Therese Coffey has been accused of excluding environmental groups from a crisis meeting on saving the River Wye on the day it was officially labelled as in decline.
The “roundtable” organised by Defra brought together local and national politicians, farmers and the Welsh government, but several environmental groups that have been critical of the Government were not invited.
The meeting, aimed at “improving the state of the Wye” came as Natural England downgraded most of the river and a major tributary, the Lugg, because of falling populations of Atlantic salmon, macrophytes and native white-clawed crayfish.
The Wye, which flows through England and Wales, is one of the UK’s most significant rivers for nature and is a protected site. Campaigners have warned it is dying due to agricultural pollution from intensive poultry farming.
Both local grassroots groups and national organisations said that they had not been told about the event and that they only found out about it this weekend.
The Friends of the Upper Wye, which conducts one of England’s largest citizen science efforts in monitoring the Wye’s water quality, told i they had pressed their local MP, Jesse Norman, and Herefordshire Council for an invitation but one was not forthcoming.
“We would like to have had a voice at that table and asked the Secretary of State whether she has a plan to reduce pollution to the Wye and restore the river to health,” the group said.
River Action, which campaigns nationwide against agricultural pollution also said it had been blocked from attending the roundtable.
Charles Watson, the group’s chairman, told i: “Despite repeated requests to Defra to be included in this so called “meeting of all concerned parties” it is deeply disappointing that River Action, along with many other highly relevant environmental groups, were deliberately excluded from what seems to be predominantly a meeting of the vested agricultural interest”.
Other environmental groups privately expressed surprise at not being made aware that the event was taking place.
Defra has been asked for comment.
Only two local environmental organisations were invited to the event, which included substantial representation from local farmers and farming groups including the NFU and Avara, a major poultry supplier.
Friends of the Upper Wye and River Action have been highly critical of government inaction on agricultural pollution.
The crisis meeting coincided with Natural England’s classing of all seven sections of the Wye in England and four of the River Lugg as being “unfavourable declining”. Previously one section had been labelled “favourable” and six were “unfavourable recovering”.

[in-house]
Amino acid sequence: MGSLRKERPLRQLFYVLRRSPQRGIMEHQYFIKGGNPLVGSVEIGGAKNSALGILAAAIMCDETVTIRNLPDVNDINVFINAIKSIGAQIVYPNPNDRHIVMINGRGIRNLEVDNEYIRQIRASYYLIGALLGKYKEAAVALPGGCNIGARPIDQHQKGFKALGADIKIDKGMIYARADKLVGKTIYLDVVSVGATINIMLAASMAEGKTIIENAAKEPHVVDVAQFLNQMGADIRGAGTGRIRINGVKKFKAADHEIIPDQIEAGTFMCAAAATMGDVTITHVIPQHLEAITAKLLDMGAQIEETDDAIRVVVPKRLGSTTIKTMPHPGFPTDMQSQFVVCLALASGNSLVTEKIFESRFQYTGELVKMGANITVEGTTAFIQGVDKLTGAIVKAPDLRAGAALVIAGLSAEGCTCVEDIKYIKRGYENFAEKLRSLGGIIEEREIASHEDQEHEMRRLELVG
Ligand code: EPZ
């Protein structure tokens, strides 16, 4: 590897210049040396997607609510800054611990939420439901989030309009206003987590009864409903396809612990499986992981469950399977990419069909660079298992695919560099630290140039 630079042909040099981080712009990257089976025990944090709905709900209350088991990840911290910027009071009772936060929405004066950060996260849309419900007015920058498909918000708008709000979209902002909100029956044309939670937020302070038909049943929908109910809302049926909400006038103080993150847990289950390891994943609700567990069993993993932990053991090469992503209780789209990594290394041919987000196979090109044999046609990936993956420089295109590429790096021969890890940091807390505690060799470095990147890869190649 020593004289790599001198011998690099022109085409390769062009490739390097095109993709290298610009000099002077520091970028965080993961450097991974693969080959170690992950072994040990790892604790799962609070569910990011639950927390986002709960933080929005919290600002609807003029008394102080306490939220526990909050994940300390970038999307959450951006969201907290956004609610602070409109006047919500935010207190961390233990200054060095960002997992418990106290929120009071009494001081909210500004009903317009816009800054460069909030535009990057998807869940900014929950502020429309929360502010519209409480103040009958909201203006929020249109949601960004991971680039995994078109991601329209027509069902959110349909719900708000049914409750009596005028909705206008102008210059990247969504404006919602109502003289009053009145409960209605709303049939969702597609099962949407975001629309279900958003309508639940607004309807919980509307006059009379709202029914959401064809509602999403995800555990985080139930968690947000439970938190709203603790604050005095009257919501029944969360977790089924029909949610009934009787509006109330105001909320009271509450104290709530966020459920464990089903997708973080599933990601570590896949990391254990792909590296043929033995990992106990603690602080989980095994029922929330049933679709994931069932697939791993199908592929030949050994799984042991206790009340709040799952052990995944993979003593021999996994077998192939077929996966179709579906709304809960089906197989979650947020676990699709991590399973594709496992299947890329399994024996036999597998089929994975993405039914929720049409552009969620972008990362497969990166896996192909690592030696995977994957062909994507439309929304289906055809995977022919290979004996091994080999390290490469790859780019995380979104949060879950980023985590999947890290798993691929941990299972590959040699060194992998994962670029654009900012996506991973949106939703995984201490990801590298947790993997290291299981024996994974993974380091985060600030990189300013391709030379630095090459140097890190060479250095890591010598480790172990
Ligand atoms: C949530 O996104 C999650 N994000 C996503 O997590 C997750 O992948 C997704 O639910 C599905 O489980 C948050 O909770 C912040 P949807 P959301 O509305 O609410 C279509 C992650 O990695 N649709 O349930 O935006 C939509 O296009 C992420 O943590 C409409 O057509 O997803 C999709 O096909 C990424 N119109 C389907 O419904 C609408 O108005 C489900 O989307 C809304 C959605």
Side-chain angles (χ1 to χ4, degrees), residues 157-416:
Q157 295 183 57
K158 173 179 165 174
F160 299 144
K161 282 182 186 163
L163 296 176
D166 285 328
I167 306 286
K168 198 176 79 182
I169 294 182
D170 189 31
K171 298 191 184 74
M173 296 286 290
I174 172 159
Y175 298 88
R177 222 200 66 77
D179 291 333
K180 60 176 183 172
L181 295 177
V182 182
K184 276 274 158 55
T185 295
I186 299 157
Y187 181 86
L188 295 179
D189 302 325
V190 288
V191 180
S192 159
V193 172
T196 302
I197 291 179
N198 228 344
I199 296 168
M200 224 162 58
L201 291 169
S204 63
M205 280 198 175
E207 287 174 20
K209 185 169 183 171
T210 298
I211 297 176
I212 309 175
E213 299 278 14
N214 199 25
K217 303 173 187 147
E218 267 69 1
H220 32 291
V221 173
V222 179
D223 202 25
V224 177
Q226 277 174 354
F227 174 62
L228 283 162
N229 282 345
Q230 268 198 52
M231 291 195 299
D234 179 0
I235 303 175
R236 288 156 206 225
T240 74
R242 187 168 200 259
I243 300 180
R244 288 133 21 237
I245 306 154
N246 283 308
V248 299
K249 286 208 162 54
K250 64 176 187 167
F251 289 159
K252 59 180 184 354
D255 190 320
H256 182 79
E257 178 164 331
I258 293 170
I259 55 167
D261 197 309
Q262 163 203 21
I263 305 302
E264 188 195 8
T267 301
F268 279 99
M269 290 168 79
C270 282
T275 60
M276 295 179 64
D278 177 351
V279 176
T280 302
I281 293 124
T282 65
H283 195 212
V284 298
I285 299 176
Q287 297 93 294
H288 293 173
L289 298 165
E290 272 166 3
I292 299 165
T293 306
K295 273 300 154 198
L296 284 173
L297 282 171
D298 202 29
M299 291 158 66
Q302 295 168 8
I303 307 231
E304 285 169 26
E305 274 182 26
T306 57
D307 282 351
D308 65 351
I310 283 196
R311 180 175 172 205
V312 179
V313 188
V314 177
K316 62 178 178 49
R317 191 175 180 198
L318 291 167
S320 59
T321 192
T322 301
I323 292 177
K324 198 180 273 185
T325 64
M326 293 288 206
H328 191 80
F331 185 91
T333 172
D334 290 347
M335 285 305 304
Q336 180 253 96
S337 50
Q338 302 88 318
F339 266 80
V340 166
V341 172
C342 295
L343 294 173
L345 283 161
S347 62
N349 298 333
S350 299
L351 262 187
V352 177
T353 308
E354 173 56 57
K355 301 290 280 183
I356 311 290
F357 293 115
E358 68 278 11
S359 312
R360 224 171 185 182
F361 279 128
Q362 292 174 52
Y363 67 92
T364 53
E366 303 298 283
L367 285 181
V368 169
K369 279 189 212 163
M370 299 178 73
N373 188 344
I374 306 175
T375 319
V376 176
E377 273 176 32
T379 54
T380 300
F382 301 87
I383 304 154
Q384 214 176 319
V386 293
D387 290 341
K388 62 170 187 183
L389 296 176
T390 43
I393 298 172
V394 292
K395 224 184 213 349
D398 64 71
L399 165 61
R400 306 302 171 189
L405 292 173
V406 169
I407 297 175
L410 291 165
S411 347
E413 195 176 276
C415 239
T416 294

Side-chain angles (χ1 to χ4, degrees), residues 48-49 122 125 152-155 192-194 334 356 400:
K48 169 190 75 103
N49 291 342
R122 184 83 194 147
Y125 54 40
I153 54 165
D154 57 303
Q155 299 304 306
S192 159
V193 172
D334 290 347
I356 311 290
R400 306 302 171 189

The assessments are on the basis of declining wildlife and plant numbers, including the struggling Atlantic salmon. Water quality targets were not found to be failing on the Wye, but phosphate levels were close to their limits at several points.
The Lugg was in breach of safe phosphate levels.
Phosphate promotes the growth of algae and algal blooms which smother rivers and use up their oxygen, killing fish and other plant life.
The Wildlife Trusts said that the first algal blooms of the year were already appearing on the river. They warned that “without urgent help and appropriate management the river will never reach a favourable or recovering condition”.
Tom Tibbits, chair of the Friends of the Upper Wye, welcomed the reassessment from Natural England, telling ithat it was “good news” that regulators had finally acknowledged the problem.
However, he said they were “playing catch up”.
“It’s a complete failure of legislation and planning,” he said, “the river is dying, when it rains we see big spikes in pollution and that’s the hallmark sign of farming runoff.”
The Wye catchment is thought to be home to more than 20 million chickens, following a boom in intensive poultry farms. They produce immense amounts of manure which is often spread on nearby fields.
Local councils were accused of assessing each planning proposal on an individual basis without examining the broader impact.
Parts of Hereford are now subject to nutrient neutrality rules which effectively ban new homes from being built because of their impact on rivers.
Speaking of the downgrading, Ms Coffey said: “The River Wye is clearly struggling and it is vital that we turn the tide on its decline. As I set out in our Plan for Water, we need local plans catchment by catchment, community by community to tackle issues that are affecting water quality. Bringing people together from the local communities, it is clear we have a common goal.
“We do all need to work together at a greater pace and with purpose to actively support our farmers and food producers to produce food sustainably and reduce pollution.”
Ms Coffey told those farmers present that there was a wide range of support available to them from government, including funding for slurry infrastructure, free one-to-one advice on pollution and new post-Brexit subsidies that include payments for reducing runoff.